During this episode, we’ll hear about Oklahoma’s Ida’s Law as it goes into effect and a new lesson plan on the Potawatomi Trail of Death for K through 12 students. We’ll also listen back to an interview with a Potawatomi Navy member who served during WWII to celebrate Veteran’s Day.
Ida’s Law goes into effect on Nov. 1
On Nov. 1st, Ida’s Law went into effect in Oklahoma. LaRenda Morgan, the Governmental Affairs Officer for the Cheyenne and Arapaho Nations, spearheaded the effort in state congress and named it after her cousin, Ida Beards who went missing in 2015. Citizen Potawatomi Nation showed its support for the bill as a member of the Oklahoma House of Representatives Native American Caucus. Oklahoma Governor Kevin Stitt signed Senate Bill 172 in April 2021, and now the Oklahoma State Bureau of Investigation begins the task of creating an office of liaison and missing persons database for Indigenous peoples in the state. Morgan spoke with Hownikan Podcast on the day the law went into effect and discussed jurisdictional issues, educating law enforcement, and finding federal funding for the office and new positions.
“I think some of the most important aspects of Ida’s Law is the office of liaison for the (Oklahoma State Bureau of Investigation) is able to assist the law enforcement agencies with the cases and understanding jurisdiction as well as collecting data and numbers and assisting the tribal families.. with cases and kind of providing information about what can and can’t be done in investigations and helping them have realistic expectations about what’s going to happen,” Morgan said.
Read more about the Missing and Murdered Indigenous Peoples Crisis from the U.S. Department of the Interior at cpn.news/MMIP.
New lesson plans fill gap on Potawatomi history
In an attempt to meet requests from teachers and school districts throughout the country, the Citizen Potawatomi Nation Department of Education began composing lesson plans about Potawatomi history in 2021. CPN Department of Education Director Tesia Zientek said the first one available now tells the story of the Potawatomi Trail of Death.
“I’m really proud that we have something to offer educators or citizens now when they ask, ‘How can I incorporate Citizen Potawatomi Nation into our classroom?’” said CPN Department of Education Director Tesia Zientek.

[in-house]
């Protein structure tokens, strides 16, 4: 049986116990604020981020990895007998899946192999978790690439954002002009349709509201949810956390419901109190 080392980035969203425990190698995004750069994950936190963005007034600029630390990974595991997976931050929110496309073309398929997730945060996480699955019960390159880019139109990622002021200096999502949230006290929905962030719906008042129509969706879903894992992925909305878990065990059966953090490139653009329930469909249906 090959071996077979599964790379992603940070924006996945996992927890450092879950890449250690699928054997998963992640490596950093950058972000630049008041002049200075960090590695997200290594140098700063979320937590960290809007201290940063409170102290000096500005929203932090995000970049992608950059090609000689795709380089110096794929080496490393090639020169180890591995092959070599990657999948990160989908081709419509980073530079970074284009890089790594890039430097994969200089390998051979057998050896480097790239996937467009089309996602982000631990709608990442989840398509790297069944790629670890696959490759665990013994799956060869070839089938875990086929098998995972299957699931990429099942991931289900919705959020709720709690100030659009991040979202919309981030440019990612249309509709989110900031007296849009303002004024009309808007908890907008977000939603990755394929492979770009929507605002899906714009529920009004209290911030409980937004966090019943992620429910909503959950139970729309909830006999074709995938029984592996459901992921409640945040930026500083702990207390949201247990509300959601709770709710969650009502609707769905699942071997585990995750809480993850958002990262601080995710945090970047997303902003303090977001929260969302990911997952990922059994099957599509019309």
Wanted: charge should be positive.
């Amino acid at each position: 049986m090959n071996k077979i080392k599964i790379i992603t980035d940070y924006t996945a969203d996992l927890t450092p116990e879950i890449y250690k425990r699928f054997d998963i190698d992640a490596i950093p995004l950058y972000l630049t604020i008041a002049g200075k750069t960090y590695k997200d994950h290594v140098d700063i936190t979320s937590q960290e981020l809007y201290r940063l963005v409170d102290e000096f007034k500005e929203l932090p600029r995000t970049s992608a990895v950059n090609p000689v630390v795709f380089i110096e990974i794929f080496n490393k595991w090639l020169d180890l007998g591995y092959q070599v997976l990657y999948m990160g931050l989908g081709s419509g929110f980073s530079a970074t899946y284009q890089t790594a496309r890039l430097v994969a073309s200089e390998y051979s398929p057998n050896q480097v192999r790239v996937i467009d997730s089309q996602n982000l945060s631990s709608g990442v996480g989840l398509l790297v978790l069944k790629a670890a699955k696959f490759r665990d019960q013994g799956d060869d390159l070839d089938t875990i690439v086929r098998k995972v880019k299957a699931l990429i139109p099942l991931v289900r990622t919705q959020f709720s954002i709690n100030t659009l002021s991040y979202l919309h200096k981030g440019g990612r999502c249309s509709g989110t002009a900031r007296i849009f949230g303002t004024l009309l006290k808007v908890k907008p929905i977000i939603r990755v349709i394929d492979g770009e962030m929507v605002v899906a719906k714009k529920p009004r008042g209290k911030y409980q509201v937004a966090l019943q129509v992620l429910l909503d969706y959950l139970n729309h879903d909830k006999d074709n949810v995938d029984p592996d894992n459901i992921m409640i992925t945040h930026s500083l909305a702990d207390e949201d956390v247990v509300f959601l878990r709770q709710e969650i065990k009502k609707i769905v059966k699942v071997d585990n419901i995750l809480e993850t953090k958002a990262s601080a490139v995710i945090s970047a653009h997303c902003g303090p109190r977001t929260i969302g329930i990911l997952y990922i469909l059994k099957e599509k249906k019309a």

Find out more about the CPN Department of Education at cpn.news/education, and email feedback or topic ideas at firstname.lastname@example.org. Access the lesson plans online at potawatomiheritage.com/classroom.
The Native American Speaks: Navy veteran Jesse Slavin
We’re looking back at The Native American Speaks, a former radio show from Citizen Potawatomi Nation’s Public Information Department and KGFF. It ran from 2006 to 2013 with host Michael Dodson, pervious Public Information Department Director. In this clip, Dodson interviews CPN member and Army veteran Jesse Slavin. This interview is also part of the CPN Cultural Heritage Center’s Veterans Project, and we honor Slavin and all Tribal military members for their service this month for Veteran’s Day.
“I got into gunnery school, anti-aircraft gunnery, Pacific Beach, California, and I stayed there from 1943 to 1946, or there abouts. My specialty was .20 mm and we trained everybody. We were trying to deal with the Japanese suicide planes at that time,” Slavin said.
The Citizen Potawatomi Nation’s Cultural Heritage Center’s Tribal Heritage Project seeks to capture each CPN veteran and elder’s story through video interviews to safeguard the Nation and Tribal members’ history for generations to come. Find details on the Tribal Heritage Project at portal.potawatomi.org, by calling the CHC at 405-878-5830.
It’s time for Learning Language, when the CPN Language Department joins us to teach vocabulary, songs, stories and more. In this segment just in time for the holiday season, department director Justin Neely joins us for a vocabulary lesson about a specific type of food.
For more information and opportunities with language, including self-paced classes, visit cpn.news/language. You can find an online dictionary at potawatomidictonary.com as well as videos on YouTube. There are also Potawatomi courses on the language-learning app Memrise.
Hownikan Podcast is produced and distributed by Citizen Potawatomi Nation’s Public Information Department. Subscribe to Hownikan Podcast on Apple Podcasts, Spotify, SoundCloud and wherever you find your favorite shows. Find digital editions of the Tribal newspaper here.